Adding new hens to my flock

Discussion in 'Managing Your Flock' started by Tim and Libby, Jan 31, 2015.

  1. Tim and Libby

    Tim and Libby New Egg

    3
    0
    7
    Jan 31, 2015
    First, let me say, this is my first post. I came across this site a little bit ago and hope all you experts can help this rather new chicken farmer.

    First, a little as to how I got here. My wife is a Pre-K teacher and she has gotten chicks every Spring for a learning experience for about 10 years. At first people would put in a request for a specific breed and that is what she would order. Then a couple years ago, she did not find a home for them until they were about 2-3 weeks old and ready to leave her classroom. We decided then, to keep the following years birds for our own so her teachers aid's husband and I did a little research and decided on Buff Orpington s. We each took 7 hens at the end of the lesson. They were hatched 4/1/14.

    I built a coop and run on the side of my shed to house our new arrivals. The Coop part is about 3 foot wide, comes out 6 feet from the shed and is about 8 feet tall. There is a screened in outside run that is about 9 feet long by 6 feet and 8 feet tall. They frequently get to run the yard (when I am outside) and there have been no problems that I am aware of.

    My 7 hens give me an average of 5 eggs per day and between giving eggs to neighbors, teachers and family, we always have a waiting list for fresh eggs. Plus the neighbors love bringing vegetable scraps over and watching the girls gobble them up.

    At first, my plan was to keep them until Winter and then put them in the freezer. Funny how fresh eggs and growing attachment to chickens that follow you around the yard can change your mind.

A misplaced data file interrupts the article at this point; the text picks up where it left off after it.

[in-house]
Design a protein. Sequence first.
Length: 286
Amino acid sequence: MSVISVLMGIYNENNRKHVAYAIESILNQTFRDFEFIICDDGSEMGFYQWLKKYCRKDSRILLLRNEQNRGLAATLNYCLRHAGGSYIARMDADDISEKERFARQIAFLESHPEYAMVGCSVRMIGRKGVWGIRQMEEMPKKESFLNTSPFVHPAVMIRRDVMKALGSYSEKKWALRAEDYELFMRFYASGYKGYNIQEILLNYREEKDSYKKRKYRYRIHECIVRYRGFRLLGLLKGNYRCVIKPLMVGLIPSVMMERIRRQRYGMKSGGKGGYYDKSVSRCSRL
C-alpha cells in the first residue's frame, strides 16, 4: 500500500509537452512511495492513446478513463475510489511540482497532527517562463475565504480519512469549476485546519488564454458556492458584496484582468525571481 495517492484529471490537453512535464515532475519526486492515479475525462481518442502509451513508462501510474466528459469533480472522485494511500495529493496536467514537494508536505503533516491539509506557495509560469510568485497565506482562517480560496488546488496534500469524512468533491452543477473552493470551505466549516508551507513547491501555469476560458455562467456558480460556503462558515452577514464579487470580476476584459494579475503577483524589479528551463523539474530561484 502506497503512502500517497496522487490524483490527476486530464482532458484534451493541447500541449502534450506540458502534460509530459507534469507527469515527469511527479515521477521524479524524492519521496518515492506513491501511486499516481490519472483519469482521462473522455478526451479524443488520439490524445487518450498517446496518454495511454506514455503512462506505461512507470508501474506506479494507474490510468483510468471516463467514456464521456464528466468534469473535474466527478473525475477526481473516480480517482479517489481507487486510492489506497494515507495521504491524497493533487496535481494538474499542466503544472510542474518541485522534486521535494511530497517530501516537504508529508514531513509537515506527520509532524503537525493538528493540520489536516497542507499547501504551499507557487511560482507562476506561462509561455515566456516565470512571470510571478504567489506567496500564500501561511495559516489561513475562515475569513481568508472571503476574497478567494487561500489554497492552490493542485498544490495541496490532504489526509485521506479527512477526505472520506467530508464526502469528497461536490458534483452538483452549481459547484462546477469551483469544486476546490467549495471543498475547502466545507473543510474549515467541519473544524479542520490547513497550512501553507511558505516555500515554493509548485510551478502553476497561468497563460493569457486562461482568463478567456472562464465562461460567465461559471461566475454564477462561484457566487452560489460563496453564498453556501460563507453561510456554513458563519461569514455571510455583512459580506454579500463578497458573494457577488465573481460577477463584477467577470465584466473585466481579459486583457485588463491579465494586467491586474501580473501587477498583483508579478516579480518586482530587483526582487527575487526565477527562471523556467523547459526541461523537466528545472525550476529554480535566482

Now my wife is getting ready to order chicks for this years class and we do not know what to do.
    We would like to keep them again but have tons of questions.
    1) Is our coop big enough for 10, 12, 15 hens?
    2) If we got Buff Orpington s again would it help them be accepted by the existing hens?
    3) Should be get another breed that would compliment the existing birds?
    4) Anything else I should be aware of?

    Any help you give would be greatly appreciated.

    Thank you in advance.

    Tim
     
  2. donrae

    donrae Hopelessly Addicted Premium Member

    31,452
    3,532
    538
    Jun 18, 2010
    Southern Oregon
    [​IMG]

    In my opinion, your coop is not even large enough for the birds you have. A general rule of thumb is 4 square feet per bird in a coop, and 10 square feet per bird in the run, as a minimum. Your current birds are well below that, and I'm thankful you've not had any problems so far. But you've got no space to add littles.

    I highly suggest you read this post on how much space a bird needs. Ridgerunner is a great educator here and makes wonderful posts

    https://www.backyardchickens.com/a/how-much-room-do-chickens-need

    So, you'll need to address the space issue before you bring in new birds. Some folks expand what they've got, some build separate coops and runs and keep two (or more) separate flocks. That's a personal management decision.

    Any new birds need to be roughly the same size as the adults before they're housed together. Breed really doesn't matter, but age and size do. 4 months seems to be the average minimum age when folks do okay putting littles in with mature hens.

    I'd advise to spend some time in the learning center and just reading articles and posts on integration of new chicks to an existing flock.

    Welcome to the chicken side! It's amazing how an animal you never thought could interest you can capture your heart, isn't it? [​IMG]
     
    1 person likes this.
  3. TalkALittle

    TalkALittle Chillin' With My Peeps

    1,572
    536
    179
    Dec 15, 2014
    Massachusetts